Business leaders: Bill C-51 will hurt Canadian tech sector
Sixty leading Canadian businesspeople, entrepreneurs, and investors, including Flickr cofounder Stewart Butterfield and XML co-creator Tim Bray, have signed the following open letter:
April 21, 2015
The Right Honourable Stephen Harper, P.C. M.P.
Office of the Prime Minister
80 Wellington Street
Ottawa, ON K1A 0A2
Daryl Kramp, M.P.
Standing Committee on Public Safety and National Security
House of Commons
Ottawa, Ontario K1A OA6
2603 St Johns St
Port Moody, BC V3H 2B5
Dear Prime Minister,
The challenge of being Canadian today is to uphold our values of openness, tolerance, and trust of others, while maintaining a very real understanding of the dangers of terrorism and the government’s need to protect us. But sometimes this balance is not struck correctly and we, as business people and entrepreneurs, are convinced that Bill C-51 is not balanced the way we as Canadians would want.
Many have spoken of the impact that Bill C-51 will have on Canadians in their everyday lives, so let us speak to the business impacts. We work with international clients, and we fear that this proposed legislation will undermine international trust in Canada’s technology sector, thereby stifling the kinds of business our respective technology companies can generate when that level of trust is high.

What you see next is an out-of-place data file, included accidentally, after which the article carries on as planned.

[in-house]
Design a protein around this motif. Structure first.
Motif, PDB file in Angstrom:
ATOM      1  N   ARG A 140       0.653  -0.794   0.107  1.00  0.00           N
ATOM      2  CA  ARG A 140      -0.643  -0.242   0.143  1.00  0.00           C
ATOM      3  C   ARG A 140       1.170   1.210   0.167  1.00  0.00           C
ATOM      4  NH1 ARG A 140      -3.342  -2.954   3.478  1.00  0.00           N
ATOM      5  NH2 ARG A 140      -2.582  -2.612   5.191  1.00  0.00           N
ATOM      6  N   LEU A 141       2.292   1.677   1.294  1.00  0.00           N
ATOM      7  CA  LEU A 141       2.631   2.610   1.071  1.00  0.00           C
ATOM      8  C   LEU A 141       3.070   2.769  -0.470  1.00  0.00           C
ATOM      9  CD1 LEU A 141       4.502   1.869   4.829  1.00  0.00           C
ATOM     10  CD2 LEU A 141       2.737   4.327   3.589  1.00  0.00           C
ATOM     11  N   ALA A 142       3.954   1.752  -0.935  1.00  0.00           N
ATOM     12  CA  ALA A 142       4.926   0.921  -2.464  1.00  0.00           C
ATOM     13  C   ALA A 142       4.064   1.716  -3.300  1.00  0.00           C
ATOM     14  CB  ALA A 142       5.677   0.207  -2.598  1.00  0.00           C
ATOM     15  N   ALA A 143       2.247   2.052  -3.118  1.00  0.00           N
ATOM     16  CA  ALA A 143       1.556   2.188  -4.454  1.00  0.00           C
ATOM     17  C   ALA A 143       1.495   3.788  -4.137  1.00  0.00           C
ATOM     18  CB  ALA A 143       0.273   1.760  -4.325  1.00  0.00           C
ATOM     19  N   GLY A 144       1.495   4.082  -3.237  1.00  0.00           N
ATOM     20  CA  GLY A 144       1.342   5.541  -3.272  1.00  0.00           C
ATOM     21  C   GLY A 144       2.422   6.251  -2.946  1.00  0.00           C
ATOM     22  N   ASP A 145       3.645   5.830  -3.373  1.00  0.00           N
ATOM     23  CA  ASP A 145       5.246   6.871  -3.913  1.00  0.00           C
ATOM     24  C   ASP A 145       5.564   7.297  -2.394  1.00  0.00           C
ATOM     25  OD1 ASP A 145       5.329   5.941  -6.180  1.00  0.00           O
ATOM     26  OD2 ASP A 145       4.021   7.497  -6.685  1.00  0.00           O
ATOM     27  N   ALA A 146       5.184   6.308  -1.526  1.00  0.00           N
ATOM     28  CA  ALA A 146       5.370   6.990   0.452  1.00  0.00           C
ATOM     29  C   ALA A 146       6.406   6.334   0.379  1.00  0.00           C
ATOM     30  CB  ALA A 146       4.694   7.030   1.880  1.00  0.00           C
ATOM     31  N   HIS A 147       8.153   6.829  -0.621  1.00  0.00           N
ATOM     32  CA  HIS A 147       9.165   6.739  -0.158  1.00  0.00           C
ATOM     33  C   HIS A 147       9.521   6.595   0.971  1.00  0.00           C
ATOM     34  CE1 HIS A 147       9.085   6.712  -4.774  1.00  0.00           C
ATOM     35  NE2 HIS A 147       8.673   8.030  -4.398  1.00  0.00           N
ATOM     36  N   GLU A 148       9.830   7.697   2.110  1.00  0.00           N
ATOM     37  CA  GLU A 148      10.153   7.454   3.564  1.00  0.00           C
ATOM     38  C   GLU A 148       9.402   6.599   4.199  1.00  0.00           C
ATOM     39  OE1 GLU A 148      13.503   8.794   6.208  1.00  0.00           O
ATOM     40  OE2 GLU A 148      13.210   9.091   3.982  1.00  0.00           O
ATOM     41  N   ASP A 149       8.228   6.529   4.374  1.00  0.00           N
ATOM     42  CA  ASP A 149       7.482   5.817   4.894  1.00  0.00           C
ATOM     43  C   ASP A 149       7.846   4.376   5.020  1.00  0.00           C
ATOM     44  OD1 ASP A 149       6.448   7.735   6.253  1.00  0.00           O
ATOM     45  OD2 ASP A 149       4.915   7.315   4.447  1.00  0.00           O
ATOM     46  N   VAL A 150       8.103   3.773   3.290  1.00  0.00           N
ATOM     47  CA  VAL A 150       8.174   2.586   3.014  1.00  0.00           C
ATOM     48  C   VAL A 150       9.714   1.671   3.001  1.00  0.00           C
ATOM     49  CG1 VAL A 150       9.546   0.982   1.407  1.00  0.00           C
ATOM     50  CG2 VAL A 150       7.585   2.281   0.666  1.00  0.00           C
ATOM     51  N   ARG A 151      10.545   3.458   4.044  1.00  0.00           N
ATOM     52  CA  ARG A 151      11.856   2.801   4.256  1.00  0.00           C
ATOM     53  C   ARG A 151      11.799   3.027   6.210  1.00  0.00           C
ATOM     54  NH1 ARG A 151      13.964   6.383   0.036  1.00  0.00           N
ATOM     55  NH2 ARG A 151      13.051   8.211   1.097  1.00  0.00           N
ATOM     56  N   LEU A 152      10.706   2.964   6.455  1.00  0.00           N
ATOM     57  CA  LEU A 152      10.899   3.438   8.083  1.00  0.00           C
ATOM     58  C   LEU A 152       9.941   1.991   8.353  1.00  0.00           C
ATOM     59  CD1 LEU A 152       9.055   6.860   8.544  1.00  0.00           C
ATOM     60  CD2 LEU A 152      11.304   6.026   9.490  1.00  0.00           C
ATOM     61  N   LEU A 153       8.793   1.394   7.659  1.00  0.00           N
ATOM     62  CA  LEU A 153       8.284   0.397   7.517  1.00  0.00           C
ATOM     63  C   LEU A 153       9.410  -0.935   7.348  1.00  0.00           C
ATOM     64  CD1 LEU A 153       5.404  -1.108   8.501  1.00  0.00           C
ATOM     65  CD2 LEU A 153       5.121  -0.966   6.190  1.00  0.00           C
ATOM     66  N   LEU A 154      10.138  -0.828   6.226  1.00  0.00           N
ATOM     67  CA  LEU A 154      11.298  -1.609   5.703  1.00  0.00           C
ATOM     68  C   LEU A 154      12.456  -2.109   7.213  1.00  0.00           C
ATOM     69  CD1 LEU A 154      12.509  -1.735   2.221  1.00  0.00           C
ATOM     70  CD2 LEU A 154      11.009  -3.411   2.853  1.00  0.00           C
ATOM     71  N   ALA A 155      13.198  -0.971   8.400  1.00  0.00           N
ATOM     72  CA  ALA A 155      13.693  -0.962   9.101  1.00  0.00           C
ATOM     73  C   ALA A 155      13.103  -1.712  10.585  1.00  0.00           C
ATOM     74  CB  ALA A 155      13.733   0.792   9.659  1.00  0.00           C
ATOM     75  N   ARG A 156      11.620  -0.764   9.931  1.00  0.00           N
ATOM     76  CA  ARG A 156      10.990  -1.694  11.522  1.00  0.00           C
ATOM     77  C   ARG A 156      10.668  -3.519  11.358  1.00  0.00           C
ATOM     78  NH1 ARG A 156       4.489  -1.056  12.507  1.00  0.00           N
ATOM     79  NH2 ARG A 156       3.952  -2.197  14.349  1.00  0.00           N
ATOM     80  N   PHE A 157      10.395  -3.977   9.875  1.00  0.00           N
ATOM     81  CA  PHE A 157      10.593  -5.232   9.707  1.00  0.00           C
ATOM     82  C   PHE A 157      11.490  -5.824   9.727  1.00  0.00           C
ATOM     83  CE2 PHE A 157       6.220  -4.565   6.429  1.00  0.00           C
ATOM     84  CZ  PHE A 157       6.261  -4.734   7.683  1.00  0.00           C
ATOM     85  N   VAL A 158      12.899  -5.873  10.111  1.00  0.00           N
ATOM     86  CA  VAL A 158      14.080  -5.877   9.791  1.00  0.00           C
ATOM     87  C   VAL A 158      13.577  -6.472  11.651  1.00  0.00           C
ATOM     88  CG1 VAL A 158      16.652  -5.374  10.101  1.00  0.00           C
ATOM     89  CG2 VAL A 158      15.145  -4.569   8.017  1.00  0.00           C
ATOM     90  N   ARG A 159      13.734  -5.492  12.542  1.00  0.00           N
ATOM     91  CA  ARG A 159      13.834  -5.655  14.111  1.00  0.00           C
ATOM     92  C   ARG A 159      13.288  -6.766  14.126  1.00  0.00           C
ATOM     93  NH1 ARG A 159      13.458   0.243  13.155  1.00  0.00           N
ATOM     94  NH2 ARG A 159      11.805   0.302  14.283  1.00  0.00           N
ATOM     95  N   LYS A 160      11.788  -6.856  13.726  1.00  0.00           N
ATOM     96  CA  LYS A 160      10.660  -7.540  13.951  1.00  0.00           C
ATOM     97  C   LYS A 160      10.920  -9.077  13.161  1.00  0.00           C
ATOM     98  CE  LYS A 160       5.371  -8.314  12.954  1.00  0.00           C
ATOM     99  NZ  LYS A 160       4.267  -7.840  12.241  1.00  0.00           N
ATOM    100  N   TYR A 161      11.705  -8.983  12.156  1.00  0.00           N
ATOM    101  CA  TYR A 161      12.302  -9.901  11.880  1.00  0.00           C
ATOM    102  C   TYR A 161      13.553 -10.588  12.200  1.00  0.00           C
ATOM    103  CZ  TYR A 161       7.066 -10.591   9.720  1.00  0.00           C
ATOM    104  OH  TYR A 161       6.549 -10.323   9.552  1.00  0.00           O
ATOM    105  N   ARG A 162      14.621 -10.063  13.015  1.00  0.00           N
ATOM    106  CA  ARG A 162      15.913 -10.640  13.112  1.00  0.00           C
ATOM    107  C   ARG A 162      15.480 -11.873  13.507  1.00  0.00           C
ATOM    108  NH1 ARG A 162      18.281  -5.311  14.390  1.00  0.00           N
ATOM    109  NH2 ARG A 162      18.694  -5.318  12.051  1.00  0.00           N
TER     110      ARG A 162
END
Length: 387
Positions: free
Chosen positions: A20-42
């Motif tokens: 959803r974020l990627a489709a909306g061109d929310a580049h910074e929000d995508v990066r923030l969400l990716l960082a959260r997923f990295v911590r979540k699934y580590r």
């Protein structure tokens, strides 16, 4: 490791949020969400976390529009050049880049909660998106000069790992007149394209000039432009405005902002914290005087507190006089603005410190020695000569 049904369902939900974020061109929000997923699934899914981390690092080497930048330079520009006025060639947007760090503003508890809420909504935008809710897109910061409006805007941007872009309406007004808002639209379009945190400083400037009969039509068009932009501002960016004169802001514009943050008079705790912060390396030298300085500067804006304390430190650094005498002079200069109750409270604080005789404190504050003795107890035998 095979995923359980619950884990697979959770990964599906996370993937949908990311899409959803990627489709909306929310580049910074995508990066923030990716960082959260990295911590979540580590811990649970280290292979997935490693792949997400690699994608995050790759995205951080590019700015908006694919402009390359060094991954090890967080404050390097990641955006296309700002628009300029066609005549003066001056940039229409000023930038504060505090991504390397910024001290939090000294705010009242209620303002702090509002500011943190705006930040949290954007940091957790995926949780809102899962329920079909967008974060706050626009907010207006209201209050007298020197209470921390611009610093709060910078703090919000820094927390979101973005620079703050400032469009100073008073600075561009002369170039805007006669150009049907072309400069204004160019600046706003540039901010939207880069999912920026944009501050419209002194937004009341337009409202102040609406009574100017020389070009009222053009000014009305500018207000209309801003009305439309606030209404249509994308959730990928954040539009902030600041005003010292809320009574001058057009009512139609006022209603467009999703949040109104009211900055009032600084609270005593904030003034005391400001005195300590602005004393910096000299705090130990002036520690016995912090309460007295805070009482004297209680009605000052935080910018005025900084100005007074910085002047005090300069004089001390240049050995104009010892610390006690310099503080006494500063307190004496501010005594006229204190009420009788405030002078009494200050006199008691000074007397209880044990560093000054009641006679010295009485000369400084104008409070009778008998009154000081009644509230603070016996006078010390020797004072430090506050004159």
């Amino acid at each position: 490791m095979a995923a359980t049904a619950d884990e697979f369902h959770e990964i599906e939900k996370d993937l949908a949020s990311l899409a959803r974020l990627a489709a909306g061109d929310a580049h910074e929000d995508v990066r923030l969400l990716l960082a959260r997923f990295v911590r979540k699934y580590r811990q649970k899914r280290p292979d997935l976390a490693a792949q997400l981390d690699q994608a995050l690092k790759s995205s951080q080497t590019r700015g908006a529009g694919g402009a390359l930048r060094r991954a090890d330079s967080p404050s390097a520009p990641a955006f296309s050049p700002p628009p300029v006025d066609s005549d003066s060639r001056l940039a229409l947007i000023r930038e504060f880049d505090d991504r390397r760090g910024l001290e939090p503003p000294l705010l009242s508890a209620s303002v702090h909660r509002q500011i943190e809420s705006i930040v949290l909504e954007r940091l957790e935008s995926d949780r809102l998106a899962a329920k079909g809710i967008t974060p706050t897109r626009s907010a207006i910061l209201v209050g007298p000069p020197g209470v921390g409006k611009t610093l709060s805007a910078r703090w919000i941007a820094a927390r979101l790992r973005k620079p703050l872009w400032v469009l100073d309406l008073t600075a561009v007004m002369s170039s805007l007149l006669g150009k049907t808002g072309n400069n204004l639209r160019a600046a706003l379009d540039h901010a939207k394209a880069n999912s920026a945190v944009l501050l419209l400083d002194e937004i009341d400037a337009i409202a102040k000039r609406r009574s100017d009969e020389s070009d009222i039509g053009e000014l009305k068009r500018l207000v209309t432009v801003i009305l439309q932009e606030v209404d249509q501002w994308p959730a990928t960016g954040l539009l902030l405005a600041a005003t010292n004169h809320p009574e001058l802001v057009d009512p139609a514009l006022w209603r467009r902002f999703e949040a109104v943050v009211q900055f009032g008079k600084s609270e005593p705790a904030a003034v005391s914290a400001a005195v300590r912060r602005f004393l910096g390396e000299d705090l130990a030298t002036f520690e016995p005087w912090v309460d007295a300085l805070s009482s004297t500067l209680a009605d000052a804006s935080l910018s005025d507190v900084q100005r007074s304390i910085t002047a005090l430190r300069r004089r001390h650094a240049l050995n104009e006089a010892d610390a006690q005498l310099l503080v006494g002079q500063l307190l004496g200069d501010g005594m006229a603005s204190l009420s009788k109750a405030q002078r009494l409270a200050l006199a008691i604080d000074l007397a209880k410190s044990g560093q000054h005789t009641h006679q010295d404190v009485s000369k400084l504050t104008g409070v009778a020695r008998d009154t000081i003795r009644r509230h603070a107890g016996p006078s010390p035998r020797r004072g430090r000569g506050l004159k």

We believe that, despite the rising tide of the knowledge economy, this legislation threatens to undermine Canada’s reputation and change our business climate for the worse:
First, we must not allow censorship to become commonplace. Bill C-51 provides too much leeway for the Canadian Security and Intelligence Service (CSIS) to take unjustified actions against our businesses, including the takedown of websites. As it stands, C-51 criminalizes language in excessively broad terms that may place the authors of innocent tweets and the operators of online platforms such as Facebook, and Twitter, along with Canada’s Hootsuite and Slack, at risk of criminal sanction for activities carried out on their sites. The Bill further empowers CSIS to take unspecified and open-ended ‘measures’, which may include the overt takedown of multi-use websites or other communications networks with or without any judicial supervision.
We understand that harmful activity can occur online, however Canadian law already prohibits hate speech and promotion of criminal offences. This legislation proposes unnecessary and excessive speech prohibitions which, as Professors Forcese and Roach have pointed out, "contains no defences for legitimate expression of political or religious thought." Taking down websites without these safeguards can unduly impact our ability to do business and commerce.
Second, we believe that Bill C-51 will effectively grant the Communications Security Establishment (CSE), which is empowered to assist CSIS, an implicit offensive mandate to act within Canada. There is little sober second thought in the new open-ended world of covert action that C-51 creates for CSE. New CSE digital disruption activities can include measures such as the false attribution of disreputable content to individuals, and even planting of malware on individual computing devices.
We are already concerned about the negative impact the activities of CSE and CSIS, including reports of spying on our trading partners, have had on Canada’s reputation. The impact of these new rules could collapse the necessary distance between investigative and executional powers. This distance should be increased, not done away with.